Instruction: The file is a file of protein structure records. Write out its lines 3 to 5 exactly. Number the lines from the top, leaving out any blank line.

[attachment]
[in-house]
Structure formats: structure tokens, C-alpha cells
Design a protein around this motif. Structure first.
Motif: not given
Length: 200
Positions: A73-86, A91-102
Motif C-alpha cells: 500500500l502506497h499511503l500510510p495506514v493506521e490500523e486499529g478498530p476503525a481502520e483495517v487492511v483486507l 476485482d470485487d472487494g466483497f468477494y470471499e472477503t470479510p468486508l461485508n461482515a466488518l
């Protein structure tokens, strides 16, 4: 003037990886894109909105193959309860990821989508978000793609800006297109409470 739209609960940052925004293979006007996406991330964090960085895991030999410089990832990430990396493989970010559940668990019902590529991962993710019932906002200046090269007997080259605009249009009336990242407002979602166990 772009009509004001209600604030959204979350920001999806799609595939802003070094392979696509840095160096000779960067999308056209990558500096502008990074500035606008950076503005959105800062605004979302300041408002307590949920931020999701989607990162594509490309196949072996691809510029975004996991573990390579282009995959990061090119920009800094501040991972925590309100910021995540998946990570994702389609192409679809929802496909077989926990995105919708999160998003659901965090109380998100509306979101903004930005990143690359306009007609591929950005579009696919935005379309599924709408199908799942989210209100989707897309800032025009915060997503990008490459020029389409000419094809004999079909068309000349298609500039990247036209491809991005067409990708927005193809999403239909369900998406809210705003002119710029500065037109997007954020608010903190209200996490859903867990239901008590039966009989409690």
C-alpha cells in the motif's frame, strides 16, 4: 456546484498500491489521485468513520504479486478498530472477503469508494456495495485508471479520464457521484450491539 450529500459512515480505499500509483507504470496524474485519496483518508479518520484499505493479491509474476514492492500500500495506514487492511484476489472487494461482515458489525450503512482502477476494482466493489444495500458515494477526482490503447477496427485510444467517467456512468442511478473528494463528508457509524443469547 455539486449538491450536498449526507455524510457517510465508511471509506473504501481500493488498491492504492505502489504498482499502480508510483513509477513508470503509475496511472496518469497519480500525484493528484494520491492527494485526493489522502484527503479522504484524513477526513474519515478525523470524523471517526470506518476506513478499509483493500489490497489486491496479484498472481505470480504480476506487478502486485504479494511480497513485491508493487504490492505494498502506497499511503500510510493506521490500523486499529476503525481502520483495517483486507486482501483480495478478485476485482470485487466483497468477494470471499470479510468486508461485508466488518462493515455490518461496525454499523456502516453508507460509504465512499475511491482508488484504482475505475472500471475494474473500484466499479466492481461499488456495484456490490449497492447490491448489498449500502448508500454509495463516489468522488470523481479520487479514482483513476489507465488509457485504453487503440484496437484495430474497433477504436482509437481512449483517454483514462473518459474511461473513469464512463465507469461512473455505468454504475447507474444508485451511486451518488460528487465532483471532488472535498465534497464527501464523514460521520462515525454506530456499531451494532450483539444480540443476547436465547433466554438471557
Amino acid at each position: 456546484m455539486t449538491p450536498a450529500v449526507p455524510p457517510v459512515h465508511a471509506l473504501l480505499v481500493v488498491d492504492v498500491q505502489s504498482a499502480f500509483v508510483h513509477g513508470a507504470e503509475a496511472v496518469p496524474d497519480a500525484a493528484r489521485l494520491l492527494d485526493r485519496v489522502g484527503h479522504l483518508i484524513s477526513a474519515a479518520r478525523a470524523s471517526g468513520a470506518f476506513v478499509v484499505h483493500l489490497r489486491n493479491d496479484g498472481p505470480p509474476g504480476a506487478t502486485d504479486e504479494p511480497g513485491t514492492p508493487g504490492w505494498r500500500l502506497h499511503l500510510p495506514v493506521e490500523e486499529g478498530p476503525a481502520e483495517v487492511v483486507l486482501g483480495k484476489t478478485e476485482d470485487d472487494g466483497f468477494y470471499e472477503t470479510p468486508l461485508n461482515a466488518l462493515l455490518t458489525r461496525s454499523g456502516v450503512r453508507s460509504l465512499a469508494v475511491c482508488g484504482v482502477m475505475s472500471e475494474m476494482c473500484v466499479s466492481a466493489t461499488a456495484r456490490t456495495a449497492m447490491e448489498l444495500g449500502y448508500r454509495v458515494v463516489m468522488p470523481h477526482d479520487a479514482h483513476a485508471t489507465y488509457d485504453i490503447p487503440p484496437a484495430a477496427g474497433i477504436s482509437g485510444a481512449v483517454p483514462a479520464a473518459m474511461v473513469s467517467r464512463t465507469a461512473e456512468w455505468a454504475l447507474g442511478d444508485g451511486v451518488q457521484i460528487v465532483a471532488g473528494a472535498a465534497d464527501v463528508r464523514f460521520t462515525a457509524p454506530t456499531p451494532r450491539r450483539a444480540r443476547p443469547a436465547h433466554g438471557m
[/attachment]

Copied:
Design a protein around this motif. Structure first.
Motif: not given
Length: 200